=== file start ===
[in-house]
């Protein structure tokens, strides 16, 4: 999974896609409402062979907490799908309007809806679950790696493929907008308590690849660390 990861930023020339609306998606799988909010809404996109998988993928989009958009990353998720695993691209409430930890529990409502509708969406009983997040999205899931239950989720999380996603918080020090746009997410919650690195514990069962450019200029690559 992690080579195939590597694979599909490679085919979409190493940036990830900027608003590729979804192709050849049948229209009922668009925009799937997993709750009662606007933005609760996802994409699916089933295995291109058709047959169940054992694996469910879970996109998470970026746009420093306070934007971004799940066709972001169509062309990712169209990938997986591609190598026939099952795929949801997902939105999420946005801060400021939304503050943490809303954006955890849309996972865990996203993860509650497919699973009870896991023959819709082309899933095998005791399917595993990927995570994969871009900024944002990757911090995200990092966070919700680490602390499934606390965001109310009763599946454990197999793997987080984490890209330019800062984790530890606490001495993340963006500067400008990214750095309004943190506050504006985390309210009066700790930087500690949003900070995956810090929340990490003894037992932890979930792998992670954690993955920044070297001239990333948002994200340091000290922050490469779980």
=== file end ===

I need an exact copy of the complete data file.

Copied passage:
[in-house]
């Protein structure tokens, strides 16, 4: 999974896609409402062979907490799908309007809806679950790696493929907008308590690849660390 990861930023020339609306998606799988909010809404996109998988993928989009958009990353998720695993691209409430930890529990409502509708969406009983997040999205899931239950989720999380996603918080020090746009997410919650690195514990069962450019200029690559 992690080579195939590597694979599909490679085919979409190493940036990830900027608003590729979804192709050849049948229209009922668009925009799937997993709750009662606007933005609760996802994409699916089933295995291109058709047959169940054992694996469910879970996109998470970026746009420093306070934007971004799940066709972001169509062309990712169209990938997986591609190598026939099952795929949801997902939105999420946005801060400021939304503050943490809303954006955890849309996972865990996203993860509650497919699973009870896991023959819709082309899933095998005791399917595993990927995570994969871009900024944002990757911090995200990092966070919700680490602390499934606390965001109310009763599946454990197999793997987080984490890209330019800062984790530890606490001495993340963006500067400008990214750095309004943190506050504006985390309210009066700790930087500690949003900070995956810090929340990490003894037992932890979930792998992670954690993955920044070297001239990333948002994200340091000290922050490469779980």